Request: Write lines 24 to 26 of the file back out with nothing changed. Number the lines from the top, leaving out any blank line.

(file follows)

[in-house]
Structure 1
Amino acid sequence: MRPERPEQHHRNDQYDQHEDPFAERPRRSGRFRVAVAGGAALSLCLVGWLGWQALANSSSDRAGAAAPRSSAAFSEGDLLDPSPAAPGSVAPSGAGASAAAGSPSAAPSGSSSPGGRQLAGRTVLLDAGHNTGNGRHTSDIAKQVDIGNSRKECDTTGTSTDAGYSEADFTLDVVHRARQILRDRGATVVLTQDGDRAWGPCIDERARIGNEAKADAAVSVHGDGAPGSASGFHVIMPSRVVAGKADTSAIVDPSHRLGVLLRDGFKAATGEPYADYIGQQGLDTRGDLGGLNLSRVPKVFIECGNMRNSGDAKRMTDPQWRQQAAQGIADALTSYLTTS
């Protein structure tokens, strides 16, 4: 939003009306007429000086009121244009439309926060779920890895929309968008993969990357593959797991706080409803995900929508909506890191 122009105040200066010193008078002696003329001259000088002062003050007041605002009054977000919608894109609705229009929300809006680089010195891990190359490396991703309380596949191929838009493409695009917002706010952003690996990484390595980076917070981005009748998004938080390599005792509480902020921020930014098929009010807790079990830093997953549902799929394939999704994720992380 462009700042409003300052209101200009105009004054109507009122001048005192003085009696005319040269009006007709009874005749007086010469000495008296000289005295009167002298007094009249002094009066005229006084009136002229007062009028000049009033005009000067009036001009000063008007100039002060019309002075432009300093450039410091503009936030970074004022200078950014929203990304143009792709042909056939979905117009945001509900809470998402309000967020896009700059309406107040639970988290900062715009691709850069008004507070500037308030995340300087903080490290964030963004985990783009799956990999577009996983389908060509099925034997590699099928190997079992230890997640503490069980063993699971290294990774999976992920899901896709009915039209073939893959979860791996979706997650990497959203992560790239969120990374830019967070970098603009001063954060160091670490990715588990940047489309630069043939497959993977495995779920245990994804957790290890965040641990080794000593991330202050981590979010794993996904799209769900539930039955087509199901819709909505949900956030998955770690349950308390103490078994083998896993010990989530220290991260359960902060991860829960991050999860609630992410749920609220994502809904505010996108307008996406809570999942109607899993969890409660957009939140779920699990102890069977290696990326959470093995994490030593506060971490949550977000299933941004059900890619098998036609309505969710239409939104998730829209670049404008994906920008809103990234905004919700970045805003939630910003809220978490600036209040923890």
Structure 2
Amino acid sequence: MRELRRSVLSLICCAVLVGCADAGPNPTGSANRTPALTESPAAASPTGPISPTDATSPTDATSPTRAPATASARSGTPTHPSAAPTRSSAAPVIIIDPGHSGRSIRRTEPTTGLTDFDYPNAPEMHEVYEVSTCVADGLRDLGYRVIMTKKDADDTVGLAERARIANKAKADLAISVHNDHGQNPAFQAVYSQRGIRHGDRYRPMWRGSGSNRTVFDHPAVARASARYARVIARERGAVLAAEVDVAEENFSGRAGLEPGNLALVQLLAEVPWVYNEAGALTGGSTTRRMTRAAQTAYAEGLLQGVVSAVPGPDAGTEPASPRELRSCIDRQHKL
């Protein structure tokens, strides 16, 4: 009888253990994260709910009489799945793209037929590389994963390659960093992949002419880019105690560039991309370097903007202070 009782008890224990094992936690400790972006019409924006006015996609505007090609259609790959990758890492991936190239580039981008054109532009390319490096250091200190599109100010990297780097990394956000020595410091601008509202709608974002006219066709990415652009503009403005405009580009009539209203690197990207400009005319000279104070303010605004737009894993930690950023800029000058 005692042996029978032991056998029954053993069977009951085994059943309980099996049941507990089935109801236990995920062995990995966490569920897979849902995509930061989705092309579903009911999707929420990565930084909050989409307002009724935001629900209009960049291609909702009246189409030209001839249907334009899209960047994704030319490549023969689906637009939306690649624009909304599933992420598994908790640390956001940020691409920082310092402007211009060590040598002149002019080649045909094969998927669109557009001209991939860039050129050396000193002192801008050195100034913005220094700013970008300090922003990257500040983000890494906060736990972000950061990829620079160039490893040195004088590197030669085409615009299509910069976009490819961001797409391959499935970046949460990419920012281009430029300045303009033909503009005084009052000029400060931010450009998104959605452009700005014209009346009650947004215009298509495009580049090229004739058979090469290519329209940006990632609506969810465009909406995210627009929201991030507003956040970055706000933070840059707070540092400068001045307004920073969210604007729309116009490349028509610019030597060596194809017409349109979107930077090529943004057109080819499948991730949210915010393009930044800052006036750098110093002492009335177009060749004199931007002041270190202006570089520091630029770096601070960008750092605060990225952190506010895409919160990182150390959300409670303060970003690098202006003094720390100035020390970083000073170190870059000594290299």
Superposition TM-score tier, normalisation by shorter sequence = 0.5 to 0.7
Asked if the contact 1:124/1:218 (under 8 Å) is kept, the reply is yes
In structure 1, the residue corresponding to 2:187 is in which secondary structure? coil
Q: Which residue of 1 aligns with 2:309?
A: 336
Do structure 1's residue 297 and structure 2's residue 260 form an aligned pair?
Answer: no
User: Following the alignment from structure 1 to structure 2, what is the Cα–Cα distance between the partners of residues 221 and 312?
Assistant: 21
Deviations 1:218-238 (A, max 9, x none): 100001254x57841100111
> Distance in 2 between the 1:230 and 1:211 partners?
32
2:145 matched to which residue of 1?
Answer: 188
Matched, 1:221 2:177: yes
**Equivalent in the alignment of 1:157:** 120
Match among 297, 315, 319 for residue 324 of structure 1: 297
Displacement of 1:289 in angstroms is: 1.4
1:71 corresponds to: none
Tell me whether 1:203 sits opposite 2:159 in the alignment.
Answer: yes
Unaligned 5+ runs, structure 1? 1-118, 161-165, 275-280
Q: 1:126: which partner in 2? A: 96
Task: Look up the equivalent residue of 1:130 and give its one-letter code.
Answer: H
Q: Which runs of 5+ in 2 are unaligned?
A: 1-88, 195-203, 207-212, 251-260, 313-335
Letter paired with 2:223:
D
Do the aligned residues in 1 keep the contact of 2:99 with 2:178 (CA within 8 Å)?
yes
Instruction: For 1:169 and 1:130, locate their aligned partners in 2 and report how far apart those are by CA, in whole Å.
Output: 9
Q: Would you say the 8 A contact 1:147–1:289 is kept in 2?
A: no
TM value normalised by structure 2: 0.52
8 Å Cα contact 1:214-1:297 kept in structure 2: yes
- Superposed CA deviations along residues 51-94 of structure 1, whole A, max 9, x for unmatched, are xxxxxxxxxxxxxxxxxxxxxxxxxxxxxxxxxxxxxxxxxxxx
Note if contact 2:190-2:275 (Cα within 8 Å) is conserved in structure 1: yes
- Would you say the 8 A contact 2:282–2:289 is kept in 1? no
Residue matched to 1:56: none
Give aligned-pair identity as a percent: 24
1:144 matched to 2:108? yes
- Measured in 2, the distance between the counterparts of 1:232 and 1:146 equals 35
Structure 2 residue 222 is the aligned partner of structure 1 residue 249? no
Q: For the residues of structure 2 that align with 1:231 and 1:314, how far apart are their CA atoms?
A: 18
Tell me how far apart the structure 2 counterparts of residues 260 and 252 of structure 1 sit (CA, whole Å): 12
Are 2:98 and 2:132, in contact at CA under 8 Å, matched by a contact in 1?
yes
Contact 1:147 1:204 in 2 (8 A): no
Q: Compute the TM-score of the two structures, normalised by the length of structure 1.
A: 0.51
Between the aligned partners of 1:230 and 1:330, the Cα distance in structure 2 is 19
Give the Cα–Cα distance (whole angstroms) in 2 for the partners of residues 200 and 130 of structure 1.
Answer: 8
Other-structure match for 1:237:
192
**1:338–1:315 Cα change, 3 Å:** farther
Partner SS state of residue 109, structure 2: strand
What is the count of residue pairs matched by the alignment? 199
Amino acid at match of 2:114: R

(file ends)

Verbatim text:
Match among 297, 315, 319 for residue 324 of structure 1: 297
Displacement of 1:289 in angstroms is: 1.4
1:71 corresponds to: none